Red Bulls Report Card

Matt Kremkau

By ANTHONY J. MERCED

imagesThe New York Red Bulls have played 11 games, which is a fair amount of time to assess the state of the team.

Roughly one-third of the way through the 2017 Major League Soccer season, the club is 5-5-1 record with 16 points, in fifth place in the Eastern Conference. There is no denying the Red Bulls are in a better place than their 3-7-1 record after 11 games last year. Many issues, however, mirror 2016.

EoS takes stock and chimes in with our early-season, trimester assessment.

Coach Jesse Marsch has waxed philosophical about his team’s need to be physical and/or mentally strong. But pressed for answers about why his team can’t execute, there is no definitive answer. In early-season games he sacrificed results to implement a system that failed in 2016 with the same basic lineup. An insistence on a 4-4-2 bucket formation was unproductive and stifled the production of key players. New York put together three wins on a recent home stand, but has lost five straight away from Red Bull Arena and was shutout in the most-recent two. Another three-game home stand could help, or it might not. Grade: D

Bradley Wright-Phillips, the Red Bulls’ career leading goal scorer, hasn’t had a strong start to 2017, but that can be attributed, partly, to the team’s tactical approach. Since a return to a 4-2-3-1, Wright-Phillips has looked more dangerous in front of goal and taken more shots on target. He has scored four goals, putting himself at the right place at the right time. Now that he is partnered with Sacha Kljestan he looks more comfortable, and the goals should come. Grade: B

Sacha Kljestan, the Red Bulls captain, hasn’t lived up to the expectations that go with being elevated to wearing the armband with the departure of Dax McCarty. Simply put, he has looked sluggish. Last season he set the benchmark for assists (20) and seemed to be involved in nearly every scoring play. A return to central midfield has yet to rekindle the offense. At 31, he hinted that recovery time is an issue, which could come into play across a long season. Still, Kljestan is a candid leader and a strong locker-room presence. Grade: C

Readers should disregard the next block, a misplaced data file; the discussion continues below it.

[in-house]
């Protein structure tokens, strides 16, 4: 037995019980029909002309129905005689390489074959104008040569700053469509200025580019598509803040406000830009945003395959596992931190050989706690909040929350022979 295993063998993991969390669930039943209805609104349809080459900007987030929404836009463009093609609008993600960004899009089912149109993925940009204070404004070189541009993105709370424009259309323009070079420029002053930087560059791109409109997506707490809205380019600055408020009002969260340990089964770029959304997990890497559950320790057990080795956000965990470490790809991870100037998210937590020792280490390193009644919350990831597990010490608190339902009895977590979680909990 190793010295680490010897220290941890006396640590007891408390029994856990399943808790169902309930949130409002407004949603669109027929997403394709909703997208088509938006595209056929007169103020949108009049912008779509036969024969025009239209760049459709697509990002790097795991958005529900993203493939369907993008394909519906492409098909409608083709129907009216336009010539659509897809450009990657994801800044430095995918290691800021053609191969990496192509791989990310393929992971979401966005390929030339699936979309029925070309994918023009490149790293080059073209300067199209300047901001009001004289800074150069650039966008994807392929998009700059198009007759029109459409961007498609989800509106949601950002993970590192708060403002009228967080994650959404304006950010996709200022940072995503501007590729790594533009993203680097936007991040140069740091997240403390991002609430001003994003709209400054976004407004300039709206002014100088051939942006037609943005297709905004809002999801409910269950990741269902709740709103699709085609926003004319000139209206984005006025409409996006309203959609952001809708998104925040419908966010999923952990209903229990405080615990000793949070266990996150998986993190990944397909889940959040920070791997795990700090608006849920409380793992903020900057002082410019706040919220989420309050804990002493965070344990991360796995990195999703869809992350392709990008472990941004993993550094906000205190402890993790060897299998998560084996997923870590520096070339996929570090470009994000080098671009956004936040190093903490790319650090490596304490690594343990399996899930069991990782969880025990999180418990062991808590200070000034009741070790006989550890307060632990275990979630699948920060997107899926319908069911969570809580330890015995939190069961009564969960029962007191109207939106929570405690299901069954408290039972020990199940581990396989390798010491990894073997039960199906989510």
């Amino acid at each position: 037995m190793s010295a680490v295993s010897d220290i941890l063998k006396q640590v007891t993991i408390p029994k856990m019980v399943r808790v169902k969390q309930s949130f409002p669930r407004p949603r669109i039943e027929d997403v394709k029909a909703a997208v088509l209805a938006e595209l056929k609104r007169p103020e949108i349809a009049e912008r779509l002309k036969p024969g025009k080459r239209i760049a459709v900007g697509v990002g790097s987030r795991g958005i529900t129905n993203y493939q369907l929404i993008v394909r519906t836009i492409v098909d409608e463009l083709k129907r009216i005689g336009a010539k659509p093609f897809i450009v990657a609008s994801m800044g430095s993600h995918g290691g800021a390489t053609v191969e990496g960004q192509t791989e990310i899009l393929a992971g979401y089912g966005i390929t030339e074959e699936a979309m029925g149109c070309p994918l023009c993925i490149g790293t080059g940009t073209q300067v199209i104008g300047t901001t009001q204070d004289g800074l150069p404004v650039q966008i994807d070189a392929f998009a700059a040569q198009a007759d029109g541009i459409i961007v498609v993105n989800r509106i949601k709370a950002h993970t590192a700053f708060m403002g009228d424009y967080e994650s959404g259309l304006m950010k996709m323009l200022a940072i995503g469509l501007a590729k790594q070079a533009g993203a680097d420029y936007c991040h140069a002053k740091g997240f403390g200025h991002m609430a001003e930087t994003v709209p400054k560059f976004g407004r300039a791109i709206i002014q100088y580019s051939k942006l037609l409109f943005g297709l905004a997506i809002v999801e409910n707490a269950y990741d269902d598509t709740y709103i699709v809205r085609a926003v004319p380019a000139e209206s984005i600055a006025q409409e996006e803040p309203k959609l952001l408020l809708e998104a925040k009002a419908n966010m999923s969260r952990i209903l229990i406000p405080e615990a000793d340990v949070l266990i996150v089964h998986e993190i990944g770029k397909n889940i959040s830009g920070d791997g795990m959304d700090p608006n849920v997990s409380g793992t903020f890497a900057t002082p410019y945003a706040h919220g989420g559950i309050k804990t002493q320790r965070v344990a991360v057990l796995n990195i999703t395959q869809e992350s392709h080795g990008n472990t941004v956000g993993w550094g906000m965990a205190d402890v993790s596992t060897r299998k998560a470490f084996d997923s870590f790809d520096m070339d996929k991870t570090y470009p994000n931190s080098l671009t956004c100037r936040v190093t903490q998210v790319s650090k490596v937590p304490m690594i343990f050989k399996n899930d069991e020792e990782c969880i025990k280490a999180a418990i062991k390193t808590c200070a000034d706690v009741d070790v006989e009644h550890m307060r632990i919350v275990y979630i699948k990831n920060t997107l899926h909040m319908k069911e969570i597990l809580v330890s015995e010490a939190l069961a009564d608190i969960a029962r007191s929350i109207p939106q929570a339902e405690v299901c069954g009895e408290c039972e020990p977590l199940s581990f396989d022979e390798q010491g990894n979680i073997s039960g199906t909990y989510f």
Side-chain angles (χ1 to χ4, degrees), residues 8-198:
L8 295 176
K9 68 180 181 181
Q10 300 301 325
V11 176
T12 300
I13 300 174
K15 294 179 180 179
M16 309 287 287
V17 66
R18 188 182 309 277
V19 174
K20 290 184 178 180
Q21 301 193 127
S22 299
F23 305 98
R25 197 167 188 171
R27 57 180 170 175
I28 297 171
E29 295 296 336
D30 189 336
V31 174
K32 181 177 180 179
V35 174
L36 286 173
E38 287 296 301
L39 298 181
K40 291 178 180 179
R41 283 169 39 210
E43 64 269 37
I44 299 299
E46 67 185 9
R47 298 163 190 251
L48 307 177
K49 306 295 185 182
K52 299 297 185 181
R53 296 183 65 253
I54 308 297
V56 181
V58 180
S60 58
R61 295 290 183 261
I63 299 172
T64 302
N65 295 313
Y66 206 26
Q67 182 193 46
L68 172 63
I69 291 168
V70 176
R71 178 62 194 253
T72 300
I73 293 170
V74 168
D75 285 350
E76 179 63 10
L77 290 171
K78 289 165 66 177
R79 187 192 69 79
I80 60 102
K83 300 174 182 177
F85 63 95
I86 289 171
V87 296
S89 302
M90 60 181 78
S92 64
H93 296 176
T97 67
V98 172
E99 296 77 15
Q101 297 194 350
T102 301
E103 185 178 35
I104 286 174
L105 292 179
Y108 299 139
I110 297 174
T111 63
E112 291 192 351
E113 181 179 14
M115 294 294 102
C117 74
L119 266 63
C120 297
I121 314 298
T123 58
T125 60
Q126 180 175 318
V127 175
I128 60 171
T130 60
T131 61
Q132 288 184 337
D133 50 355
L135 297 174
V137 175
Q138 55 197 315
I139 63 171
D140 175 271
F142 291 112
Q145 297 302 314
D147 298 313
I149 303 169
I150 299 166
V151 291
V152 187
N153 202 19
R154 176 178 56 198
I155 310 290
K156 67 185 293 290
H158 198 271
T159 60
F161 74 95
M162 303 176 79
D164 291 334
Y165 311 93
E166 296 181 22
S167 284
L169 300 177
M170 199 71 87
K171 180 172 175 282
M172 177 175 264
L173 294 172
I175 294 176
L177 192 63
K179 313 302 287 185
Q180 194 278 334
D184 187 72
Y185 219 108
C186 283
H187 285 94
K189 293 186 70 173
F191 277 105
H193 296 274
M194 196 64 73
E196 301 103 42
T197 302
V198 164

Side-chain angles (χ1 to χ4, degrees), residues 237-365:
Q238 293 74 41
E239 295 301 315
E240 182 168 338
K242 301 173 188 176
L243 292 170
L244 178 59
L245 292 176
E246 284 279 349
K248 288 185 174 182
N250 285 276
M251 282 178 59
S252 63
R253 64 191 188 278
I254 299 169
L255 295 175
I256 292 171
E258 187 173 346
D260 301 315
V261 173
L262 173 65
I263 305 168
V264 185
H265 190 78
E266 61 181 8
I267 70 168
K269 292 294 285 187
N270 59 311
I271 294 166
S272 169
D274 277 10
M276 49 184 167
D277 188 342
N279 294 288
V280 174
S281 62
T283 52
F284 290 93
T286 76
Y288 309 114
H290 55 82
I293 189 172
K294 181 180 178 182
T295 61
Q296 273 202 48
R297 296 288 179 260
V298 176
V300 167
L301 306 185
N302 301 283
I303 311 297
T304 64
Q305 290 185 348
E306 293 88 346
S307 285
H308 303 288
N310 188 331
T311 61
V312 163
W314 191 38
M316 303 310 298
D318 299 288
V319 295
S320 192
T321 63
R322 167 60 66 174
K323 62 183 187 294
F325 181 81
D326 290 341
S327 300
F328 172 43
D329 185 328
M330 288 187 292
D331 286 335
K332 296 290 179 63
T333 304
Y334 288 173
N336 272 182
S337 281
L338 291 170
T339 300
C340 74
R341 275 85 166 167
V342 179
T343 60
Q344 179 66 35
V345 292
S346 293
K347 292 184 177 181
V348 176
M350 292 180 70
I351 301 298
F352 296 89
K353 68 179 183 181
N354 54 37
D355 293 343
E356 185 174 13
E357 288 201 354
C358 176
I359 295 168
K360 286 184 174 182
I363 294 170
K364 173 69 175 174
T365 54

Daniel Royer joined the team in the middle of 2016, making an immediate impact and upping the quality in midfield. It took him some time to settle in and contribute, statistically, but has come around this year. He scored the team’s opening goal in Atlanta and one more since. He has had moments where his interchange with Wright-Phillips has befuddled opposing defenses, but he has also had stretches where he disappears on offense. If he can stay consistent and stay wide, he can be a valuable asset. His height (5-10) is a plus on corner kicks. Grade: B

Alex Muyl, 21, (that’s mu-wheel to you) is the team’s most improved player. Last year Marsch praised his never-ending energy but Muyl was counseled to slow down in the final third. He took the advice to heart and has nailed down his spot on the right wing with two goals this season. He has proved to be a reliable starter while some of the team’s international players sit and watch. Grade: A-

Tyler Adams is only 18, and often looks it on the field, but he plays like a rugged 25-year-old. He is smart with the ball at his feet and precise with his passing. He has a head for the game often absent in older players. Perhaps his only weakness is his slight stature (5-9, 150) in a rough-and-tumble league. But that should be an easy fix. He will be absent for the better part of a month playing for the United States in the FIFA U-20 World Cup in South Korea (he has already departed).  Grade: A-